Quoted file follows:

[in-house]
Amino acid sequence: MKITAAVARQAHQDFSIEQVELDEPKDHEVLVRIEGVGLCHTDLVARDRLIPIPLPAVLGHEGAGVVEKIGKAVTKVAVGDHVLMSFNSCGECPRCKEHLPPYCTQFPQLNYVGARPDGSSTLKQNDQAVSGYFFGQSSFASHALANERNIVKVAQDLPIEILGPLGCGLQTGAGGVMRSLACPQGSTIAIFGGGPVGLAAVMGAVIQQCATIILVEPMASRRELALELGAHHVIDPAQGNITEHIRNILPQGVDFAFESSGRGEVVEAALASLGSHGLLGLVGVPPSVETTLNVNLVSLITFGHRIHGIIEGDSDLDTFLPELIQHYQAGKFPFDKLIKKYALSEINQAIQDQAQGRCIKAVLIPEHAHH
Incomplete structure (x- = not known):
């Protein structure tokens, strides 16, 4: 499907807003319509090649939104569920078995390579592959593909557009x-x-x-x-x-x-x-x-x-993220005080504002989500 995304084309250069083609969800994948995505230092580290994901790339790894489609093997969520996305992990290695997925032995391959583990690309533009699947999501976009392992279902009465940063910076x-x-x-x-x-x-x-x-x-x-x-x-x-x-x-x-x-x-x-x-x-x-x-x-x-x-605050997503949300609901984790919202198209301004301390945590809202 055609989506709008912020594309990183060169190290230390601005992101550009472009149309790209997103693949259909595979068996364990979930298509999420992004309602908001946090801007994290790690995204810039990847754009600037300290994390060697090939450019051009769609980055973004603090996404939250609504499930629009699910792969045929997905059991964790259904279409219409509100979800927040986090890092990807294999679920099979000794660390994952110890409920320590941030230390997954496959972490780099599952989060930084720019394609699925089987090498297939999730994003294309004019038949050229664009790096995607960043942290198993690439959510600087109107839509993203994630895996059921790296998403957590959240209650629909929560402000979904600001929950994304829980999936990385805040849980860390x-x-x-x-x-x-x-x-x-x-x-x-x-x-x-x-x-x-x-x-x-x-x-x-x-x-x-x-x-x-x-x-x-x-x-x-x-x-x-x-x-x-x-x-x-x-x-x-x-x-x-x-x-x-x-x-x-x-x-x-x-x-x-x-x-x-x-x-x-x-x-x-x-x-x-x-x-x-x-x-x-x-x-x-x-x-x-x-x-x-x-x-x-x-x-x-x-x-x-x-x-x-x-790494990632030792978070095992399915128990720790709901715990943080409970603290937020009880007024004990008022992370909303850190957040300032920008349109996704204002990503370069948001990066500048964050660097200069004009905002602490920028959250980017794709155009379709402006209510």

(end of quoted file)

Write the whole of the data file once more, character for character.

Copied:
[in-house]
Amino acid sequence: MKITAAVARQAHQDFSIEQVELDEPKDHEVLVRIEGVGLCHTDLVARDRLIPIPLPAVLGHEGAGVVEKIGKAVTKVAVGDHVLMSFNSCGECPRCKEHLPPYCTQFPQLNYVGARPDGSSTLKQNDQAVSGYFFGQSSFASHALANERNIVKVAQDLPIEILGPLGCGLQTGAGGVMRSLACPQGSTIAIFGGGPVGLAAVMGAVIQQCATIILVEPMASRRELALELGAHHVIDPAQGNITEHIRNILPQGVDFAFESSGRGEVVEAALASLGSHGLLGLVGVPPSVETTLNVNLVSLITFGHRIHGIIEGDSDLDTFLPELIQHYQAGKFPFDKLIKKYALSEINQAIQDQAQGRCIKAVLIPEHAHH
Incomplete structure (x- = not known):
């Protein structure tokens, strides 16, 4: 499907807003319509090649939104569920078995390579592959593909557009x-x-x-x-x-x-x-x-x-993220005080504002989500 995304084309250069083609969800994948995505230092580290994901790339790894489609093997969520996305992990290695997925032995391959583990690309533009699947999501976009392992279902009465940063910076x-x-x-x-x-x-x-x-x-x-x-x-x-x-x-x-x-x-x-x-x-x-x-x-x-x-605050997503949300609901984790919202198209301004301390945590809202 055609989506709008912020594309990183060169190290230390601005992101550009472009149309790209997103693949259909595979068996364990979930298509999420992004309602908001946090801007994290790690995204810039990847754009600037300290994390060697090939450019051009769609980055973004603090996404939250609504499930629009699910792969045929997905059991964790259904279409219409509100979800927040986090890092990807294999679920099979000794660390994952110890409920320590941030230390997954496959972490780099599952989060930084720019394609699925089987090498297939999730994003294309004019038949050229664009790096995607960043942290198993690439959510600087109107839509993203994630895996059921790296998403957590959240209650629909929560402000979904600001929950994304829980999936990385805040849980860390x-x-x-x-x-x-x-x-x-x-x-x-x-x-x-x-x-x-x-x-x-x-x-x-x-x-x-x-x-x-x-x-x-x-x-x-x-x-x-x-x-x-x-x-x-x-x-x-x-x-x-x-x-x-x-x-x-x-x-x-x-x-x-x-x-x-x-x-x-x-x-x-x-x-x-x-x-x-x-x-x-x-x-x-x-x-x-x-x-x-x-x-x-x-x-x-x-x-x-x-x-x-x-790494990632030792978070095992399915128990720790709901715990943080409970603290937020009880007024004990008022992370909303850190957040300032920008349109996704204002990503370069948001990066500048964050660097200069004009905002602490920028959250980017794709155009379709402006209510």